DOOM Eternal gameplay world premiere: Devil horns in the air—literally

SANTA MONICA, Calif.—I don’t often get as jazzed about an in-development video game the way I have about . After playing its 20-minute E3 demo to completion for my first time, I yelled, “AGAIN! AGAIN!” like a child unwilling to get off of a rollercoaster (and was thankfully granted another go at the fun).

Upon getting home and preparing this article before Bethesda’s Sunday E3 press conference, I combed through a full playthrough video provided by the developers like a sad ex flipping through a photo album. I had to look again. I wanted to remember.

That’s not my normal way; I’m a gaming curmudgeon to put it lightly. And yet I am struck by how pristinely iterative this game feels—a perfect execution of the cheesy poster quote, “If you liked 2016, you’ll love .” By carrying familiar elements forward and then supercharging them with compelling twists,  (launching November 22 on Windows 10, Xbox One, PlayStation 4, and Google Stadia) could very well rank alongside past elite sequels like , , and .

Familiar demons, meet new flamethrower

I mention those specific sequels because they each returned to unsurprising gameplay mechanics and art styles, only polished like crazy and met with a zillion new features that all somehow fit.  sits in that category, so much so that a peek at its supercharged screenshots might elicit a mix of “ooh, crazy demons” and “uh, haven’t we seen this before?”

Indeed, id Software returns to the idTech 6 rendering engine for this high-speed, 60fps combat frenzy (er, technically, our demo PC kiosks used variable refresh monitors that roared into 90fps-and-above territory). In addition to returning monsters, the brutal “glory kill” mechanic still dominates. That asks players to use a special melee attack when an enemy is on its last legs. Do this, and you’ll deliver a dramatic “fatality” blow that also coughs up useful health pickups. As ever, this offers a tantalizing risk-reward balance by encouraging players to stupidly rush into a crowd.

You’ve seen all of that before to some extent. But not like this.

To start, the glory kill concept has been covered in hot sauce by offering a few additional melee-for-boost options. The first is a “flame belcher,” which has a recharge timer and spews a wave of fire from a shoulder-mounted turret. Any enemies that you kill while they’re set on fire will explode in armor pickups.

There’s also a new meter to manage, which fills up as you accumulate glory kills. You can spend this meter on an overcharged melee attack, dubbed the “blood punch,” which does explosive damage to whatever you’re punching and anything nearby (no “wait for stagger” required). I didn’t get enough time with this to see if it insta-kills  enemy, but this option did prove useful enough to clear a crowd when a battle got too hot.

A different kind of “mod” support

Additionally, each weapon seems to be getting at least one new “right mouse button” modification. The double-barreled super shotgun’s twist had already been revealed: a grappling hook (dubbed the meathook) that extends from your gun, grabs onto an enemy, and flings you directly into that demon’s face. I came to discover the secret sauce once I actually used this attachment—you need to shoot your gun before you think you should. Your grappling-motion’s momentum will drive all of this buckshot directly into your foe,  fling you away from the enemy via shotgun recoil so that you can neatly bounce towards your next threat. What already looked cool in last year’s trailer only feels awesomer in action.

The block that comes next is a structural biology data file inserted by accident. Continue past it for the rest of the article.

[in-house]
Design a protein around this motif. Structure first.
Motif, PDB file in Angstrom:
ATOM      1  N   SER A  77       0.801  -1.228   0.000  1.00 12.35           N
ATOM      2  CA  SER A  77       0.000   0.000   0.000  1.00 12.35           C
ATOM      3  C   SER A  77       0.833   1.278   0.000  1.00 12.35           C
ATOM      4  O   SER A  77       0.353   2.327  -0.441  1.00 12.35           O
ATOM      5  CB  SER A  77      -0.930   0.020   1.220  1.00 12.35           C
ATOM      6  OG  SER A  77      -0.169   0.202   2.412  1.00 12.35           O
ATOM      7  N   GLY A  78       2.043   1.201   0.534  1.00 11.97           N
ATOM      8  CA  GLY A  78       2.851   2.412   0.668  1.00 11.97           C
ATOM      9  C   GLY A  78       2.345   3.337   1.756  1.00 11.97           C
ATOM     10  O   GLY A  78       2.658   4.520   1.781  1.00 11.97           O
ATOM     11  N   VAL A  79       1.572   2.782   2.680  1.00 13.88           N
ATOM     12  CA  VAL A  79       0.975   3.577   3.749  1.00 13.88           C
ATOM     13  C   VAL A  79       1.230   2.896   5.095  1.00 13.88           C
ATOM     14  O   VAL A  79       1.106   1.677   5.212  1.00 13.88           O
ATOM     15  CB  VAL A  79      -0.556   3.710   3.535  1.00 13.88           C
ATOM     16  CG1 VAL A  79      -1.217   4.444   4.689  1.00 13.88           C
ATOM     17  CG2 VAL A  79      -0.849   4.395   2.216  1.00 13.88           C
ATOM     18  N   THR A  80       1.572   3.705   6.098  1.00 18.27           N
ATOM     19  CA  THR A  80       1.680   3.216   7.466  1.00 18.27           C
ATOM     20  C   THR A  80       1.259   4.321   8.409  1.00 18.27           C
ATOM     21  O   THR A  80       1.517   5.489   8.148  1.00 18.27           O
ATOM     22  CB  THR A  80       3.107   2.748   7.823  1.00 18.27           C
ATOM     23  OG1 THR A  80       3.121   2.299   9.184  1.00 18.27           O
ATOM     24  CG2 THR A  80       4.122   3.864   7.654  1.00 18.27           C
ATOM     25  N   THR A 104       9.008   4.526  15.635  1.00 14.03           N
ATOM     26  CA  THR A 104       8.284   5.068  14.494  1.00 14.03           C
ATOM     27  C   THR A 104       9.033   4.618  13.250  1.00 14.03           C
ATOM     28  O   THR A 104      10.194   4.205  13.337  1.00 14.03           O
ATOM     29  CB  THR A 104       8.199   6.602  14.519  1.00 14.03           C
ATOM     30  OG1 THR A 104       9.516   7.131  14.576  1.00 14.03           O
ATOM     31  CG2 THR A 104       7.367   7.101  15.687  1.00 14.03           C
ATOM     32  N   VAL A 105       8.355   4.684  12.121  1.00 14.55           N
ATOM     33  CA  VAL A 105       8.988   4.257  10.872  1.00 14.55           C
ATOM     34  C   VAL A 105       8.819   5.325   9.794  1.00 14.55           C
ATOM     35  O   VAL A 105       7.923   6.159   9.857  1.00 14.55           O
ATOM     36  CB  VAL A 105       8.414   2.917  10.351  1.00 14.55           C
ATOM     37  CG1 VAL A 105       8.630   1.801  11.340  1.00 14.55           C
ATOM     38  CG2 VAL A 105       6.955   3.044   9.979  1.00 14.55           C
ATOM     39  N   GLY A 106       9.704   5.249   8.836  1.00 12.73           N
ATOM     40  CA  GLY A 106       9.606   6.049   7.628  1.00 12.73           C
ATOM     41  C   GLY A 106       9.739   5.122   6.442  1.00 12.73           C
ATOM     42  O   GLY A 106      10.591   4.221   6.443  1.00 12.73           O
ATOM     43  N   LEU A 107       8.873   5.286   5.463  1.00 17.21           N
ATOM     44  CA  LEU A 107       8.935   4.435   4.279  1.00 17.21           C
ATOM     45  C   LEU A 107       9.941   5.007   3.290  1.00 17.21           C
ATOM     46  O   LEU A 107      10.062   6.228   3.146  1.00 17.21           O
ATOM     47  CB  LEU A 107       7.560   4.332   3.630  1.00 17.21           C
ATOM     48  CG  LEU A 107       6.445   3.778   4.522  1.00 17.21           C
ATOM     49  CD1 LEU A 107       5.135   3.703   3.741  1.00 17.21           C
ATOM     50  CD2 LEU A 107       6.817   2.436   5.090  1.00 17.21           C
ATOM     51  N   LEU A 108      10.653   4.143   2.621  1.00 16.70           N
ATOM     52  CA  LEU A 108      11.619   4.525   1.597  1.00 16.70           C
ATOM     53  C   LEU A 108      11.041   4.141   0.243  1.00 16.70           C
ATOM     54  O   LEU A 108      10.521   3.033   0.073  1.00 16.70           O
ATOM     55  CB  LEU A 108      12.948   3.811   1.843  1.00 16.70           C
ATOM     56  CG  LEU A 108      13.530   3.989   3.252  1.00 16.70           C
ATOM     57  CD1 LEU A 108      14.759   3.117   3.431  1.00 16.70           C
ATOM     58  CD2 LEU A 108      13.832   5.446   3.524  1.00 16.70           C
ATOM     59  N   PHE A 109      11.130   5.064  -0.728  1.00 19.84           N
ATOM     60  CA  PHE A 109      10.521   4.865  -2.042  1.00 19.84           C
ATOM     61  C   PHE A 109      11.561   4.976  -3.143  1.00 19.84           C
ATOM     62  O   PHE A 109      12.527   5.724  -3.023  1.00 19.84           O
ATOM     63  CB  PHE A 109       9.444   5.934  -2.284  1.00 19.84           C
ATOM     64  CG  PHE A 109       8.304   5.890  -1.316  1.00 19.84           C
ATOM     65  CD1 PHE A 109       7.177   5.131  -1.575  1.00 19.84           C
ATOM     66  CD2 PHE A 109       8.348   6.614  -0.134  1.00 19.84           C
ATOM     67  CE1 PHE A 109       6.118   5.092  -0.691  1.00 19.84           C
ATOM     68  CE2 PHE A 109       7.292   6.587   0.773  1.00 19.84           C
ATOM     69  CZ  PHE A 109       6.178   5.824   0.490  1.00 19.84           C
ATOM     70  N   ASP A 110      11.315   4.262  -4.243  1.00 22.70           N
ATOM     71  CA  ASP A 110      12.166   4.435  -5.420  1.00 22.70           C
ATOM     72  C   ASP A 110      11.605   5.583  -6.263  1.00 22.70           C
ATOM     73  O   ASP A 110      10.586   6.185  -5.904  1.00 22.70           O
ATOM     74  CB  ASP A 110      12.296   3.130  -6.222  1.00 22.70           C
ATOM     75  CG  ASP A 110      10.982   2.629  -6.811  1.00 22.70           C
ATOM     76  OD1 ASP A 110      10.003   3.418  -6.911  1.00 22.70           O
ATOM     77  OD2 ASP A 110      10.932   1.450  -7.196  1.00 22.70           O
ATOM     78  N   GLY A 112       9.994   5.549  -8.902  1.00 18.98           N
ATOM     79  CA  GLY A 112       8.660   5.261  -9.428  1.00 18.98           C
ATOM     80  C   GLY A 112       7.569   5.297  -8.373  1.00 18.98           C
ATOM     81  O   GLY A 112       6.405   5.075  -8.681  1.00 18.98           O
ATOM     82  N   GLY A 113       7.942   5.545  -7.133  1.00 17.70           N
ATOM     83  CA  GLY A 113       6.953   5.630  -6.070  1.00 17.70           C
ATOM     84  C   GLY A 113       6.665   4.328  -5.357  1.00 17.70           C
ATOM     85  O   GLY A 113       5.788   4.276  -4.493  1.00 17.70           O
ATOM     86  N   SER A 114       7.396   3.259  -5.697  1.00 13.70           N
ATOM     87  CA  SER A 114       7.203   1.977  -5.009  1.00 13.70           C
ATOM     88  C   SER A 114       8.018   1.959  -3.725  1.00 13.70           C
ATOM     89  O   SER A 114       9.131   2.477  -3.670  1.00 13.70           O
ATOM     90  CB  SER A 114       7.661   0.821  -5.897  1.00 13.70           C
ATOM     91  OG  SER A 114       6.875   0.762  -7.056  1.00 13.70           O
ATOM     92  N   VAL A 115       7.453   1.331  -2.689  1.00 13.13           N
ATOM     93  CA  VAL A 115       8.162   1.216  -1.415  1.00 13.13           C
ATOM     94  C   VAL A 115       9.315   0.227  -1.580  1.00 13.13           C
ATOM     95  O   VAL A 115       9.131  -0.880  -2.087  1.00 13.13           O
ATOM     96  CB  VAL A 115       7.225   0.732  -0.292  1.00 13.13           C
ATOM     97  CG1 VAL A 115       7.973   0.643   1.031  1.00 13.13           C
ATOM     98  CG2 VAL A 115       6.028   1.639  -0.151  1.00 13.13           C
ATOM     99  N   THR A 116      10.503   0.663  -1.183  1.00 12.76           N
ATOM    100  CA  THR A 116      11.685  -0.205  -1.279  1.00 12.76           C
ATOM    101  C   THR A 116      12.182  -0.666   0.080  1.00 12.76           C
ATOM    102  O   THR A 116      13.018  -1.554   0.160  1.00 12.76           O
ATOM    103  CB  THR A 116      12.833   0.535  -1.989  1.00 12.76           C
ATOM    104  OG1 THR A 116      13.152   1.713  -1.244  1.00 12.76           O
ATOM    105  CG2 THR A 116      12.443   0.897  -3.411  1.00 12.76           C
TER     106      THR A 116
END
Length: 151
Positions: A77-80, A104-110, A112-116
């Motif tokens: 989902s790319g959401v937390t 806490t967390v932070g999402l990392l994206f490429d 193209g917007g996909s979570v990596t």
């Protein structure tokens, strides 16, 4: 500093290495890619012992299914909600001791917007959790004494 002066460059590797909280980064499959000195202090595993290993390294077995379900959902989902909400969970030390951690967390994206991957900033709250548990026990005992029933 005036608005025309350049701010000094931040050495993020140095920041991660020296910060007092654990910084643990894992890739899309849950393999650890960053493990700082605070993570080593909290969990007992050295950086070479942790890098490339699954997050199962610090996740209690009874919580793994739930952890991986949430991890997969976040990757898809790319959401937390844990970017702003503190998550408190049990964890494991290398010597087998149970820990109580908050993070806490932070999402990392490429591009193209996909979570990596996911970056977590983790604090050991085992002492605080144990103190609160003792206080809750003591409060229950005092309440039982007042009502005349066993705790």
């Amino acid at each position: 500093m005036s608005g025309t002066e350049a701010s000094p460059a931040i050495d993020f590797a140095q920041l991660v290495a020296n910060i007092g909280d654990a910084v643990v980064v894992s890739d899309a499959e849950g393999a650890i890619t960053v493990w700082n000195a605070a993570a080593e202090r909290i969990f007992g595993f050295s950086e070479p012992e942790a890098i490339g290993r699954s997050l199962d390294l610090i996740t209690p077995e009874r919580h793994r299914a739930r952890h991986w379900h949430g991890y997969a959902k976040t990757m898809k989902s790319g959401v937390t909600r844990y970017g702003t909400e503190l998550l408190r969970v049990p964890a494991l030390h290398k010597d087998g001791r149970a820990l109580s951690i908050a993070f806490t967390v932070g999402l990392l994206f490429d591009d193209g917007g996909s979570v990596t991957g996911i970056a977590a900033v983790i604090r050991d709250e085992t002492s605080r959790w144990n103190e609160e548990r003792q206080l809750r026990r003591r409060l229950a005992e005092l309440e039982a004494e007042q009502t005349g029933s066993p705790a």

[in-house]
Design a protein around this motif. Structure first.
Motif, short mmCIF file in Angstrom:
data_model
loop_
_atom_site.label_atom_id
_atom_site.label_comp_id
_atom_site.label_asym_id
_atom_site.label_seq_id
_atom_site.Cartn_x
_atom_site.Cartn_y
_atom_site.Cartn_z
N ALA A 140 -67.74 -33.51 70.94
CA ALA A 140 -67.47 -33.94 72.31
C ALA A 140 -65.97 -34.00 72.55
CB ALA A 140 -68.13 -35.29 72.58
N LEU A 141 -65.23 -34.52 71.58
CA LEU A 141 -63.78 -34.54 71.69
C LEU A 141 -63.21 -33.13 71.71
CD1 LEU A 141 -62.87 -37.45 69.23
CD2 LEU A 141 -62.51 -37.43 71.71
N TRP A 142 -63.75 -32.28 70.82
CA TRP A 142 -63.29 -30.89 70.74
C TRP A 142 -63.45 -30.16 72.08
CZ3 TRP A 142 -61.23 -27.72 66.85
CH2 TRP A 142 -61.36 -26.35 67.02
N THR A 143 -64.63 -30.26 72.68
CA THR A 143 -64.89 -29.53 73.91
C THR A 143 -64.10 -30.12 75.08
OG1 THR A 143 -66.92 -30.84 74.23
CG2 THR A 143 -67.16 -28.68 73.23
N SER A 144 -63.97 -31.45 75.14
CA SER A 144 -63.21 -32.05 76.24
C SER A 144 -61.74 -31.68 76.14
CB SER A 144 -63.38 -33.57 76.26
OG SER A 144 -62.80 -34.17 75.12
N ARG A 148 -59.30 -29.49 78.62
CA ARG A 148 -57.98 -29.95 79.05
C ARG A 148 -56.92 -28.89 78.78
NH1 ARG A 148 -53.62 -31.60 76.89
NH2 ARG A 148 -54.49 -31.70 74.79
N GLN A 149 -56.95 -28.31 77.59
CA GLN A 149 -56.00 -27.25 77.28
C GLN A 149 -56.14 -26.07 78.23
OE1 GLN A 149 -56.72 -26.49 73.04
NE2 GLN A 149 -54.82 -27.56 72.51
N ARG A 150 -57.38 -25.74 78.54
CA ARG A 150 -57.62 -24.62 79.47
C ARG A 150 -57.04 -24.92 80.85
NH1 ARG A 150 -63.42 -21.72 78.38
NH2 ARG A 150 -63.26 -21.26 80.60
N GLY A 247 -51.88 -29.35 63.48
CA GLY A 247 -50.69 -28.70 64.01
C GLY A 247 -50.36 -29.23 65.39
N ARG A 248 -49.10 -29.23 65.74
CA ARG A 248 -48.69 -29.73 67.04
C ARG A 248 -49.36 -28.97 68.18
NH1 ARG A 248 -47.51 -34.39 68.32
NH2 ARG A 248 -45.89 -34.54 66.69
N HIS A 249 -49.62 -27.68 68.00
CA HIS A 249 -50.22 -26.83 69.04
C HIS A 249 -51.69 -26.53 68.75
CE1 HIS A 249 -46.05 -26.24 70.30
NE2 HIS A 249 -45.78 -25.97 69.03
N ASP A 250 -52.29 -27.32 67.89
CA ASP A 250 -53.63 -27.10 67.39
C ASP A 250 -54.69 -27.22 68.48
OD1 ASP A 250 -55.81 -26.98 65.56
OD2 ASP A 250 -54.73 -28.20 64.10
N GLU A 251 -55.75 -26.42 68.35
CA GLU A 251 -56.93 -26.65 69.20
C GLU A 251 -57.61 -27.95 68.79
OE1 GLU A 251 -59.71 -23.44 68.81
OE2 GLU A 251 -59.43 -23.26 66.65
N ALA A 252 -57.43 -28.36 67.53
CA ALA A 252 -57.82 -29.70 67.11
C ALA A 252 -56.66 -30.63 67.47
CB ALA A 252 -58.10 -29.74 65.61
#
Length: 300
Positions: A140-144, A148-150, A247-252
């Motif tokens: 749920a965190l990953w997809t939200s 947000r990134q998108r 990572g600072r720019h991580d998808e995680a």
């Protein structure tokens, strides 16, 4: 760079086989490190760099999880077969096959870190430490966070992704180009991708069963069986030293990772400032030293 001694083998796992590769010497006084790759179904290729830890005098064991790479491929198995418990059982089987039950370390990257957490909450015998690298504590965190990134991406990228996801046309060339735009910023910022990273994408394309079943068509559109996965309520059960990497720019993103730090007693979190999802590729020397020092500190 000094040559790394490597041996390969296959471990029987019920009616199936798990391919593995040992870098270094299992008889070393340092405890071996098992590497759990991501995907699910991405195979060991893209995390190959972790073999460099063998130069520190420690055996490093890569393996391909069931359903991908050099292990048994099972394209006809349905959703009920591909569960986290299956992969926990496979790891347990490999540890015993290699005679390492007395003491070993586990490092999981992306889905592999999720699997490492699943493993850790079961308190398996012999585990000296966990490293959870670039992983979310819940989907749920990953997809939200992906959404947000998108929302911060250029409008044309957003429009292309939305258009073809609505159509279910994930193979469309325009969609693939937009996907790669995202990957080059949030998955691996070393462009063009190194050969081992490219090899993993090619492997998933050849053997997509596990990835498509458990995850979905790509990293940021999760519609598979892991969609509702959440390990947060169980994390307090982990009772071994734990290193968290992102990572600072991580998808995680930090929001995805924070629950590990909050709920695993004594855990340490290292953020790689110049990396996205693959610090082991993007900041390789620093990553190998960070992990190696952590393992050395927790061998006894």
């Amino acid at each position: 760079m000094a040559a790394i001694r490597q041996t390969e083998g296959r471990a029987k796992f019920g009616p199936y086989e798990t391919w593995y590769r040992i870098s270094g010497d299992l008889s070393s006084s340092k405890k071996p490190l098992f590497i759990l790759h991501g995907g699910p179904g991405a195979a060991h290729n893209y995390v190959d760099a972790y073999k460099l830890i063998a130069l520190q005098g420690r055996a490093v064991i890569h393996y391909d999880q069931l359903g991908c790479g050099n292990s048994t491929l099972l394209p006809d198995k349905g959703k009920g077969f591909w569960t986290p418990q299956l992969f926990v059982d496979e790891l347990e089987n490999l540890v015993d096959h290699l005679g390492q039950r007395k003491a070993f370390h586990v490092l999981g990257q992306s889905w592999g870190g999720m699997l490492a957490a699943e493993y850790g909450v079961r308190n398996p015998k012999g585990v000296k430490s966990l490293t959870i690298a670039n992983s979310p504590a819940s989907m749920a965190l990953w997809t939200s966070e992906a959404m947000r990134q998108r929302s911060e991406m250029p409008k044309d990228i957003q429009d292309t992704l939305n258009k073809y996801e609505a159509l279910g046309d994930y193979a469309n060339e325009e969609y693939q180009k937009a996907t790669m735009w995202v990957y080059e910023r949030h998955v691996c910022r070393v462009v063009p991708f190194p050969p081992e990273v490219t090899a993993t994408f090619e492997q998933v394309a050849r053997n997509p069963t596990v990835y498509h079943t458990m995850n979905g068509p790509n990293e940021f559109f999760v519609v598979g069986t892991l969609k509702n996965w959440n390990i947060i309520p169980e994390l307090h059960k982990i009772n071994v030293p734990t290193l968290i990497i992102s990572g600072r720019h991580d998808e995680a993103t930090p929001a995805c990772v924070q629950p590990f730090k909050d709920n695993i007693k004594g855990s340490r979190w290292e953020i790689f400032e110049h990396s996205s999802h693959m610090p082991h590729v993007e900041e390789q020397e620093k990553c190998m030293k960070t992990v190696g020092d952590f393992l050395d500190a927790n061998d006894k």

The machine gun gets a “precision bolt,” which requires that you hold a sniped perspective for long enough to charge a single bullet. And, wouldn’tcha know it, enemies now have a variety of weak points (shields on extremities, body-mounted guns) that can all be torn off with one of these bullets. The eight-legged Arachnotron conveniently appeared right after I equipped this mod, and many of its bits were clearly destructible, as evidenced by shiny, metal attachment points.

I took advantage of a second playthrough of this mission to focus on this aspect, and it’s pretty solid in action. The precision bolt offers enough of a momentum freeze to focus and debilitate this foe, then whiz around and bludgeon other enemies with standard machine gun fire before returning to focused, limb-stripping sniper rounds. Should you simply wish to pick off smaller enemies with a single headshot, the precision bolt will take their heads clean off, as well.

Other new mods include the “arbalest,” whose charged rounds stick into foes and then explode shortly after insertion. It also has a wider explosion-damage radius when fired at flying enemies. Then there’s the plasma rifle’s “microwave beam,” which lets you pump an enemy full of radiation. Focus that beam on a single foe for long enough, and it too will hurt nearby foes with an explosive radius. (The bigger the radiation victim, the more sustained fire required—but, of course, a bigger boom.)

After I finished the demo, creative director Hugo Martin gave me a hint about one more default weapon mod that we didn’t yet see: a freeze gun. Shameless yank of an old favorite? Maybe. But if it turns out to be fun, I’ll forgive the transgression.

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